How Often Should I Get a Hearing Test?

how often should I get a hearing test?
Dr. Steinberg
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Getting assistance with your hearing relies on having a thorough diagnosis of your needs. Too many of us put off getting tested for hearing loss. Whether you are someone who is in denial of these needs, is resistant to getting help, or simply doesn’t know where to turn for help, the lack of diagnosis can make things much worse. Those with untreated hearing loss have higher rates of many physical, mental, and cognitive issues, so it is crucial to know how your hearing ability measures up to prevailing standards. 


Perhaps you have had a hearing test before, showing that you did not have hearing loss. As time goes by, you might be concerned that you have developed hearing loss that you don’t even notice. These subtle shifts in hearing ability can happen over time, making it difficult to notice. The following are some general considerations when it comes to hearing loss and testing. Getting the full diagnosis is crucial to your health and wellbeing going forward.


Regular Testing for Most Adults


The American Speech-Language-Hearing Association (ASHA) has provided some helpful guidelines for testing. Many children are first tested in school. You might recall getting your first hearing test as a young child in elementary school. However, beyond this phase of mandated testing, the responsibility falls on the individual to schedule hearing tests. How often should you get a test? The ASHA recommends that adults aged 18-40 should get a hearing test every three to five years, but there are exceptions to this general guideline. If you have not noticed any change in your hearing ability, it is still important to get tested with this regularity, establishing a baseline for ability and change in your hearing before any loss occurs.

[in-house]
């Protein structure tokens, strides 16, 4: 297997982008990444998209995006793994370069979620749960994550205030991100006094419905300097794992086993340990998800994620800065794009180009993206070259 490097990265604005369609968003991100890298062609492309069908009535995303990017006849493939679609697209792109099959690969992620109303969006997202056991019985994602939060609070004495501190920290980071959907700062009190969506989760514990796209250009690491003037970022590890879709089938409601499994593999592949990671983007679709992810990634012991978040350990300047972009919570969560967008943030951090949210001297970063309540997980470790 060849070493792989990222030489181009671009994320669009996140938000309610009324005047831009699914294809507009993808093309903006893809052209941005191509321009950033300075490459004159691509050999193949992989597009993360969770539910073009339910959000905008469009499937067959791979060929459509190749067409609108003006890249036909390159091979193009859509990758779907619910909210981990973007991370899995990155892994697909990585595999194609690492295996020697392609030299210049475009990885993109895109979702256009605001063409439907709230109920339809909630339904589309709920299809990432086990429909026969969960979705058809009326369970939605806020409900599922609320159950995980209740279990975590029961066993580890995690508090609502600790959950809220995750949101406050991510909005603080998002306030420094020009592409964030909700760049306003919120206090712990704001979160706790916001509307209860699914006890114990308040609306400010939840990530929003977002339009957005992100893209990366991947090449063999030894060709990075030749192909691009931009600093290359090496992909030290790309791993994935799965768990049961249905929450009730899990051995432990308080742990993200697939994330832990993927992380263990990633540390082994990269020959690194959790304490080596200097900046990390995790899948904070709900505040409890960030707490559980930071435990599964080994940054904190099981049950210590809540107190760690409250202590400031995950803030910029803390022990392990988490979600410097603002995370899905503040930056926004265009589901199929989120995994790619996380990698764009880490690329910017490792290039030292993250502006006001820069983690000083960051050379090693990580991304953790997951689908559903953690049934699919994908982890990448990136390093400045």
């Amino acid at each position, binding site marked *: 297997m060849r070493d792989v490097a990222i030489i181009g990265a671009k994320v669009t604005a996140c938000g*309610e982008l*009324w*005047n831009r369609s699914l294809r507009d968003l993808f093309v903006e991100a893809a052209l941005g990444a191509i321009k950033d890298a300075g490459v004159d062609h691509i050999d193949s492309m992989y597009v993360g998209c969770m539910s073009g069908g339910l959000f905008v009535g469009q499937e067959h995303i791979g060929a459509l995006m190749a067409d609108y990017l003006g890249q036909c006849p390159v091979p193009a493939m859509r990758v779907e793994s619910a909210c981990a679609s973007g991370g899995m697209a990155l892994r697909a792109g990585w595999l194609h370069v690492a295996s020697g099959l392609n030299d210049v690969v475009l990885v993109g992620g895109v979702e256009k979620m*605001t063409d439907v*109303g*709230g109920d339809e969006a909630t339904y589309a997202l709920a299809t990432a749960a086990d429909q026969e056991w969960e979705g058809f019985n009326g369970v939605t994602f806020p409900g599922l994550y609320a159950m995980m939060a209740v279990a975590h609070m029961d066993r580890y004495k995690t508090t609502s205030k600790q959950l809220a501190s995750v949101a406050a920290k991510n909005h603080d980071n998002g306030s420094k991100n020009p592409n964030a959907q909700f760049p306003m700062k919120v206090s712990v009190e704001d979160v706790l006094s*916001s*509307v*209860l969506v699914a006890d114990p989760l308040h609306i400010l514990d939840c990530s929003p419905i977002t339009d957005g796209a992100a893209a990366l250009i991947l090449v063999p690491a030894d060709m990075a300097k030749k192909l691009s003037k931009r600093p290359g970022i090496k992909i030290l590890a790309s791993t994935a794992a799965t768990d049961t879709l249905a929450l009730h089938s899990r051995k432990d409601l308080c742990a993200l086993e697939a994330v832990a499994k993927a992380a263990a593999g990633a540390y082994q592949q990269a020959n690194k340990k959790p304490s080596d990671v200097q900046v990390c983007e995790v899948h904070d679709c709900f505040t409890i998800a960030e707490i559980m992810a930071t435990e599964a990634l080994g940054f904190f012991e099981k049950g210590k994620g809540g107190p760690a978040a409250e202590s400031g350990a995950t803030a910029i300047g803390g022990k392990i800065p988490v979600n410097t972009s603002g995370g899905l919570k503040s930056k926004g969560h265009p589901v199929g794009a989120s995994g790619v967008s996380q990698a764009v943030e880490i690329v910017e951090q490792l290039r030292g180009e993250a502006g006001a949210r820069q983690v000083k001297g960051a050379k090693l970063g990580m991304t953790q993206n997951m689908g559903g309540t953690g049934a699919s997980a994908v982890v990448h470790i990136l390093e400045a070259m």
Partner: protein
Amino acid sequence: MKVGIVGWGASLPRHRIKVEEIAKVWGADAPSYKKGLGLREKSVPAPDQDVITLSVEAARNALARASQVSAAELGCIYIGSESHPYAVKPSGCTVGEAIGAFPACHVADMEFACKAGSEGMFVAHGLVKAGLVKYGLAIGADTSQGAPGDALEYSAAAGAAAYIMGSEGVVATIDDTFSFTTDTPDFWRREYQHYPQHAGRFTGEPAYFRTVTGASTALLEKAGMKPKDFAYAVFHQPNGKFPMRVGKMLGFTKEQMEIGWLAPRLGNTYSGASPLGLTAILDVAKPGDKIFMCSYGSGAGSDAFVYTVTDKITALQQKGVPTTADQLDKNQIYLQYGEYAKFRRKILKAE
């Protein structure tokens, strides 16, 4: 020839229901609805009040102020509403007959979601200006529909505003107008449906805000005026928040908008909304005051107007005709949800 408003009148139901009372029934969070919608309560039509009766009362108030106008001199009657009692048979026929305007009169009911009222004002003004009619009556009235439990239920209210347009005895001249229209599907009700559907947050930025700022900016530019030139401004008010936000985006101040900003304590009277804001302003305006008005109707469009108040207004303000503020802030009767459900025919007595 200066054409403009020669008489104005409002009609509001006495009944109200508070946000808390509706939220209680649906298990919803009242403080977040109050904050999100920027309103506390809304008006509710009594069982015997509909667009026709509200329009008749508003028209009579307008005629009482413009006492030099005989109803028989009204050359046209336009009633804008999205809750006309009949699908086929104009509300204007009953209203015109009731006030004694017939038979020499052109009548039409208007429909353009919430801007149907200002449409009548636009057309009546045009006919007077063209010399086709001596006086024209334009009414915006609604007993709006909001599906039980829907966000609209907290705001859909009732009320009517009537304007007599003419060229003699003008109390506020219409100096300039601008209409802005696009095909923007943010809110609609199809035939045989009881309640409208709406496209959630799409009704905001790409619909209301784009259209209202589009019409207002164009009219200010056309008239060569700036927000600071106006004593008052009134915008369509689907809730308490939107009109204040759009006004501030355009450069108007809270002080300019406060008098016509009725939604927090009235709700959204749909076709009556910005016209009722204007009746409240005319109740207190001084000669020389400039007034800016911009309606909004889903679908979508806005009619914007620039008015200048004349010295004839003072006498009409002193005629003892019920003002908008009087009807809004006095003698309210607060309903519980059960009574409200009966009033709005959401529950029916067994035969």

Testing More Often for Some Adults


Although the general rule of three to five years applies to most adults, some people would do well with more frequent hearing tests. Those who are age 60 and above would do well to have an annual hearing test. Age-related hearing loss is quite common among people in this age range, and one in three people over age 65 have some form of age-related loss. You might not realize that your hearing ability has suffered, so getting tested is the only way to get a thorough diagnosis. As you will see, those between the ages of 40 and 60 do not have clear guidelines. In this age range, a test every five years is the minimum, but many would do well to get annual tests, particularly if they fit into the following other groups.


Those who are exposed to noise should also get annual tests. If you work in a noisy place, you should be wearing hearing protection at work. Although this protection goes a long way toward helping prevent hearing loss, you still need to get an annual test to make sure that the protection is effective. Those who engage in noisy recreational activities should get annual tests, as well. If you are a musician or participate in recreational activities with loud vehicles or firearms, annual tests will show if these activities are affecting your hearing ability. Noise-induced hearing loss is common among those who work and play in noisy environments, so be sure to track the effects on your hearing ability. 


The final group who are recommended to get annual tests are those who have already been diagnosed with hearing loss. If you had a diagnosis of mild hearing loss, you might not have even been prescribed hearing aids. That diagnosis, however, is reason enough to continue with annual tests from that time forward. Hearing loss progresses at different rates for different people, and you might end up having a rapid decline in your hearing ability. In order to catch these changes in hearing that might require more advanced treatment, an annual test is wise. With these guidelines in mind, you will be able to work with a hearing health professional to know just how serious your hearing loss has become and whether steps need to be taken to assist you. If it has been a long time since your last hearing test, don’t put off getting your test any longer!